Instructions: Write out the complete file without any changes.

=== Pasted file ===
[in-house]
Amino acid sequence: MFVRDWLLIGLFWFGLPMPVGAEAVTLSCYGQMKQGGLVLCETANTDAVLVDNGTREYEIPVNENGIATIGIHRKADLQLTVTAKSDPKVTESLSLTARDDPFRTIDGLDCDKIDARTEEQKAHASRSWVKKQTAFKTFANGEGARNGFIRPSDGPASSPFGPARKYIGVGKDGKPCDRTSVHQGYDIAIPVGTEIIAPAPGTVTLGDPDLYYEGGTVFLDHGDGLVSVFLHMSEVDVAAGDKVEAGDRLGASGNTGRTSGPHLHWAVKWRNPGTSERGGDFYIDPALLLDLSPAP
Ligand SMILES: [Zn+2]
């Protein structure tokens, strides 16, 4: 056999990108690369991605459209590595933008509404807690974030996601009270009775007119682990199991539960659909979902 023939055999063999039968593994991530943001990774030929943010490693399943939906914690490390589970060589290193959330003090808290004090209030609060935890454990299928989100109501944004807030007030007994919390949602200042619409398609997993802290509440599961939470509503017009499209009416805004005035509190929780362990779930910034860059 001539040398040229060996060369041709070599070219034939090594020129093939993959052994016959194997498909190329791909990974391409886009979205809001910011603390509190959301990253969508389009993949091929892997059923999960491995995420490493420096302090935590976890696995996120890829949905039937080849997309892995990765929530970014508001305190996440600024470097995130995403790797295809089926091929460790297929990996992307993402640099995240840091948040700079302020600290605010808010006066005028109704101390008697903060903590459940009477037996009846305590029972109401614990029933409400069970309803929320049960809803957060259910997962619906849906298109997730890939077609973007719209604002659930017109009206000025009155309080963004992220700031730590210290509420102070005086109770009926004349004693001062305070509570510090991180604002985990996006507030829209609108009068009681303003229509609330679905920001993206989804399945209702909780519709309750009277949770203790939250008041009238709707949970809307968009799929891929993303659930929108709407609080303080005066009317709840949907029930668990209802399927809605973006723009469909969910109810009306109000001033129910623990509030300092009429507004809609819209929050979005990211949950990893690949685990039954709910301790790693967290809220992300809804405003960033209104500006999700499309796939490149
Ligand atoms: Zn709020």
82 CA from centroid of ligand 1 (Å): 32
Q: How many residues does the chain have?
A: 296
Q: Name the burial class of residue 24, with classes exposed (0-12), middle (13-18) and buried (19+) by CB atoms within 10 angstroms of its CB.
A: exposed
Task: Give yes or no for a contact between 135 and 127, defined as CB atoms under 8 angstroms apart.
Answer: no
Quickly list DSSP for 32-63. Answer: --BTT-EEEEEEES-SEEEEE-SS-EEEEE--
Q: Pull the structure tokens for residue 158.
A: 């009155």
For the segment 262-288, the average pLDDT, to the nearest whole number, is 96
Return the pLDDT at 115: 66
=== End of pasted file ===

[in-house]
Amino acid sequence: MFVRDWLLIGLFWFGLPMPVGAEAVTLSCYGQMKQGGLVLCETANTDAVLVDNGTREYEIPVNENGIATIGIHRKADLQLTVTAKSDPKVTESLSLTARDDPFRTIDGLDCDKIDARTEEQKAHASRSWVKKQTAFKTFANGEGARNGFIRPSDGPASSPFGPARKYIGVGKDGKPCDRTSVHQGYDIAIPVGTEIIAPAPGTVTLGDPDLYYEGGTVFLDHGDGLVSVFLHMSEVDVAAGDKVEAGDRLGASGNTGRTSGPHLHWAVKWRNPGTSERGGDFYIDPALLLDLSPAP
Ligand SMILES: [Zn+2]
């Protein structure tokens, strides 16, 4: 056999990108690369991605459209590595933008509404807690974030996601009270009775007119682990199991539960659909979902 023939055999063999039968593994991530943001990774030929943010490693399943939906914690490390589970060589290193959330003090808290004090209030609060935890454990299928989100109501944004807030007030007994919390949602200042619409398609997993802290509440599961939470509503017009499209009416805004005035509190929780362990779930910034860059 001539040398040229060996060369041709070599070219034939090594020129093939993959052994016959194997498909190329791909990974391409886009979205809001910011603390509190959301990253969508389009993949091929892997059923999960491995995420490493420096302090935590976890696995996120890829949905039937080849997309892995990765929530970014508001305190996440600024470097995130995403790797295809089926091929460790297929990996992307993402640099995240840091948040700079302020600290605010808010006066005028109704101390008697903060903590459940009477037996009846305590029972109401614990029933409400069970309803929320049960809803957060259910997962619906849906298109997730890939077609973007719209604002659930017109009206000025009155309080963004992220700031730590210290509420102070005086109770009926004349004693001062305070509570510090991180604002985990996006507030829209609108009068009681303003229509609330679905920001993206989804399945209702909780519709309750009277949770203790939250008041009238709707949970809307968009799929891929993303659930929108709407609080303080005066009317709840949907029930668990209802399927809605973006723009469909969910109810009306109000001033129910623990509030300092009429507004809609819209929050979005990211949950990893690949685990039954709910301790790693967290809220992300809804405003960033209104500006999700499309796939490149
Ligand atoms: Zn709020």
82 CA from centroid of ligand 1 (Å): 32
Q: How many residues does the chain have?
A: 296
Q: Name the burial class of residue 24, with classes exposed (0-12), middle (13-18) and buried (19+) by CB atoms within 10 angstroms of its CB.
A: exposed
Task: Give yes or no for a contact between 135 and 127, defined as CB atoms under 8 angstroms apart.
Answer: no
Quickly list DSSP for 32-63. Answer: --BTT-EEEEEEES-SEEEEE-SS-EEEEE--
Q: Pull the structure tokens for residue 158.
A: 């009155």
For the segment 262-288, the average pLDDT, to the nearest whole number, is 96
Return the pLDDT at 115: 66